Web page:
Saturday, May 26, 2007


So, a lot of people asked me about this bread when I told them I was starting the artisan bread section of my schooling. It has recently come back into pop culture as classic sandwich bread. I would have to agree with this craze. Not only does this bread taste delicious for sandwiches and soup accessories, but it also is so simple to make its just ridiculous. Some classmates of mine actually got paranoid at how simple it was. It was too simple, they got scared, and I got scared.

“Really? This is all you have to do? You don’t have to knead it? Really?”

Ya, for all those people who wanted me to teach them how to make this bread, you don’t need me. If you can follow a recipe successfully, you can make this bread with out issue. Of course, for those of you who can follow a recipe and still end up with a block of cement in your oven, give me a call some time and I’ll help you out.



Water 1 lb, 1oz
Fresh Yeast** 1 oz
Bread Flour 1 lb
Virgin Olive Oil 3 oz

Salt 1 Tbsp
Bread Flour 8 oz

Sponge: Add yeast and water and stir with a whisk until yeast is dissolved. Stir in olive oil. Stir in bread flour and mix until the sponge is relatively smooth. Cover the bowl and let it sit for 45 min. to 1 hr or until the sponge begins to bubble.

Dough: Mix flour and salt together, and then add to the sponge. Mix just until combined and no dry ingredients remain. Scoop half the dough onto an un-greased sheet pan with parchment paper. Form into a loaf shape as best you can. (*Note, this dough is going to be super sticky) Do the same thing with the other half of the dough. These won’t rise much, so you can try to fit the two on one sheet pan. Dust the loaves with bread flour until covered. Set aside in a warm, dry area until the bread begins to rise. (You will see a bunch of little cracks in the flour when it’s ready.) Once the dough it ready, put in a 425 degree oven for about 30 minutes or until golden brown on top and bottom.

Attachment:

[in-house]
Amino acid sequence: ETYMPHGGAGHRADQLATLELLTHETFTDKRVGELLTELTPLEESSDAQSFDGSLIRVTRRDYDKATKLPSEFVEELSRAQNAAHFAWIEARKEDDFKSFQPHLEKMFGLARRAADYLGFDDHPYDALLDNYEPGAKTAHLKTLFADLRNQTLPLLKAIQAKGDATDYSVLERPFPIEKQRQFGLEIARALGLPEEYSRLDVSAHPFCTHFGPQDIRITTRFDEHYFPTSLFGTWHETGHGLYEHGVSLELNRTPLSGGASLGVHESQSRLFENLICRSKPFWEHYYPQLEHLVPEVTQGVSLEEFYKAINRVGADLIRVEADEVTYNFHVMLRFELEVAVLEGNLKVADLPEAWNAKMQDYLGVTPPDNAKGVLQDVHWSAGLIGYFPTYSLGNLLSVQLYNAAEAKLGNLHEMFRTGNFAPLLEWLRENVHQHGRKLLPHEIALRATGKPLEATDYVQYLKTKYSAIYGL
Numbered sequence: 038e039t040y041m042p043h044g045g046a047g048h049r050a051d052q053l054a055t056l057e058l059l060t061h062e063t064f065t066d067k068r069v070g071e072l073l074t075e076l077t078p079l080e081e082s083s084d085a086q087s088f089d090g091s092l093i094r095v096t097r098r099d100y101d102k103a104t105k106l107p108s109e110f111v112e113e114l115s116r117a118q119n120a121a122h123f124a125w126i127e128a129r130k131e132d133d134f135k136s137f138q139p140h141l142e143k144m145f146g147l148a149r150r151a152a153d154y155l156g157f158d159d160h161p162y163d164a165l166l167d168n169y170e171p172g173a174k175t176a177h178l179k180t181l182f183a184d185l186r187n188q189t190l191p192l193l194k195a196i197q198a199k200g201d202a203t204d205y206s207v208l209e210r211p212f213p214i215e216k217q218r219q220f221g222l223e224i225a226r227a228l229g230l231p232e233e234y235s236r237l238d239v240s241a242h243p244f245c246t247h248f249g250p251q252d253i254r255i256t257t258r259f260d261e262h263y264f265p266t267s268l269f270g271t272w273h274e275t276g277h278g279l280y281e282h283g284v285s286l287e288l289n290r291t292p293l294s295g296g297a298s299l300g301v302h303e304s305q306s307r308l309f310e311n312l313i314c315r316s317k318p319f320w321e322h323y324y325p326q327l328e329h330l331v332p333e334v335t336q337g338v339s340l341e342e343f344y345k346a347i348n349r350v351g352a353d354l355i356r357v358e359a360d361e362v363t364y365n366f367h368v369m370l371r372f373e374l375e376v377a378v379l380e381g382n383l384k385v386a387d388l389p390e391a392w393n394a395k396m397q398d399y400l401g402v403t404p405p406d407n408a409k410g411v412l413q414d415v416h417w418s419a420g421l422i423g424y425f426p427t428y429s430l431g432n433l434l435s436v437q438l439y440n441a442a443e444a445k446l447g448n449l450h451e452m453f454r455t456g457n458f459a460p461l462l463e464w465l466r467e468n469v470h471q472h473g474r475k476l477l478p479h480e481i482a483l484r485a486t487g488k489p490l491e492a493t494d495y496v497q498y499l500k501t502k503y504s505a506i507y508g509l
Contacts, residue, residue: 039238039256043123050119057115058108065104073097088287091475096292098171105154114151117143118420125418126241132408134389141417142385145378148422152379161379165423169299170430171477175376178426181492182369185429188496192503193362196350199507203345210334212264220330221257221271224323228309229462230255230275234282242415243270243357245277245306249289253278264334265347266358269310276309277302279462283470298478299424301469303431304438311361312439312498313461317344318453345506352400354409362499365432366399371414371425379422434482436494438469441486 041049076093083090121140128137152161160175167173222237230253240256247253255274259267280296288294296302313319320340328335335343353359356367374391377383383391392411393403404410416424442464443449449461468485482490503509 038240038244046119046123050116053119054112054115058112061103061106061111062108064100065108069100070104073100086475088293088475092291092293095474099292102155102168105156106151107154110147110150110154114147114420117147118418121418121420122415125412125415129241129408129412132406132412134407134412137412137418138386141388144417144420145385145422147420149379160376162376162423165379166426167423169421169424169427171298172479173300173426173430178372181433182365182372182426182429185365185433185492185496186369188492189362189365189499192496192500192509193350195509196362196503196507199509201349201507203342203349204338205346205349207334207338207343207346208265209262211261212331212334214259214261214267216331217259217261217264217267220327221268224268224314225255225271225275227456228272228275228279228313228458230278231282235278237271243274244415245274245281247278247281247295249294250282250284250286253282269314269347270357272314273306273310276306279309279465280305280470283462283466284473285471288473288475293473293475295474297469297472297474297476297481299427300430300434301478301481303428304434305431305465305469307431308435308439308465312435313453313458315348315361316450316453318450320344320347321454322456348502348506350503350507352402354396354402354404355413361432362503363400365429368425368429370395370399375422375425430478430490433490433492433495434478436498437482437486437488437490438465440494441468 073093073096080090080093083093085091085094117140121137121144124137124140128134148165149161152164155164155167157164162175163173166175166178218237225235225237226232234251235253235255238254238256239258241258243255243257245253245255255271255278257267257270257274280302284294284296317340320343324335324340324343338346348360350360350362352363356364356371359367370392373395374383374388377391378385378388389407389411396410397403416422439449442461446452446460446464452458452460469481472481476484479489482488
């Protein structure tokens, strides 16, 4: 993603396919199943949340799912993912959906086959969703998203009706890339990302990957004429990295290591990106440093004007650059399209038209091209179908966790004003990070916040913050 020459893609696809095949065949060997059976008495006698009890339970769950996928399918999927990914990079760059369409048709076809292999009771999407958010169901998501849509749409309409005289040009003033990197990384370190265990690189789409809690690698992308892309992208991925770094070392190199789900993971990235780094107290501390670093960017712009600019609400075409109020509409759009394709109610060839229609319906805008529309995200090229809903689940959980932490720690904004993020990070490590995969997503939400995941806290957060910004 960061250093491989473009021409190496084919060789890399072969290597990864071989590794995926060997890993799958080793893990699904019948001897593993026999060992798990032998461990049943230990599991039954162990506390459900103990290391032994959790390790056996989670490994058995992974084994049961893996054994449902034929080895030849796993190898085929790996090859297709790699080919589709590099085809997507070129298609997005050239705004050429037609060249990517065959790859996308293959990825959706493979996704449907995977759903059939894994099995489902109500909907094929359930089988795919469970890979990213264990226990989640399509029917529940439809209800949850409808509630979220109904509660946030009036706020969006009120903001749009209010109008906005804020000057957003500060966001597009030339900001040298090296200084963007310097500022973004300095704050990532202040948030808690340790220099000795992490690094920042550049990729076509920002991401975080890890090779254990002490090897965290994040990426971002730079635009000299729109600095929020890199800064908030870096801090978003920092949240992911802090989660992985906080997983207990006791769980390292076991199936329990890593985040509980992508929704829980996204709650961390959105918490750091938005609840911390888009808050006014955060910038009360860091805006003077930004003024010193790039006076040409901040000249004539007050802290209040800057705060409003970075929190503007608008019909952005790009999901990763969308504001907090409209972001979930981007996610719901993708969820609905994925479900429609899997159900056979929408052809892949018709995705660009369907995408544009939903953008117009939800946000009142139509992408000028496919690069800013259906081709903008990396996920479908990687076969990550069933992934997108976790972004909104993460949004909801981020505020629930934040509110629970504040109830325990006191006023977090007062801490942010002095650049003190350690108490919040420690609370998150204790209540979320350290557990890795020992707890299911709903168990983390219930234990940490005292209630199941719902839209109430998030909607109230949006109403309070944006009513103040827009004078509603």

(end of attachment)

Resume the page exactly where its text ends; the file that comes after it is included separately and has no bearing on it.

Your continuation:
**If you don’t have fresh yeast, dry active yeast can be substituted. The conversion is just multiply by .5. In other words, if it calls for 1 oz of fresh yeast, you use .05 oz of dry active yeast.

Recipe from: Gisslen, Wayne, Professional Baking; Fourth Addition, John Wiley & Sons Inc, 2005, pg. 99

Wednesday, May 23, 2007

What Do Doctors Know?!

A few months ago, a study came out that said that garlic actually isn’t good for your heart. Well, it isn’t BAD for you heart, but it doesn’t quite contain the magical saving quality your mother told you about. I have to say I was disappointed when I read about this because I love garlic almost to the point of obsession. We go through one head of garlic a week. Then it occurred to me; you know what, they are WRONG!! I find garlic is very good for my heart. I have fun smashing and cutting it up, which makes me smile, which is good for my heart. When I’m making something with a lot of garlic in it, I get excited and, yes, sometimes jump around. This is also good for my heart. Those silly medical studies think they know everything. Frankly, I think this particular study is rubbish. Garlic is good for you. Eat LOTS of it!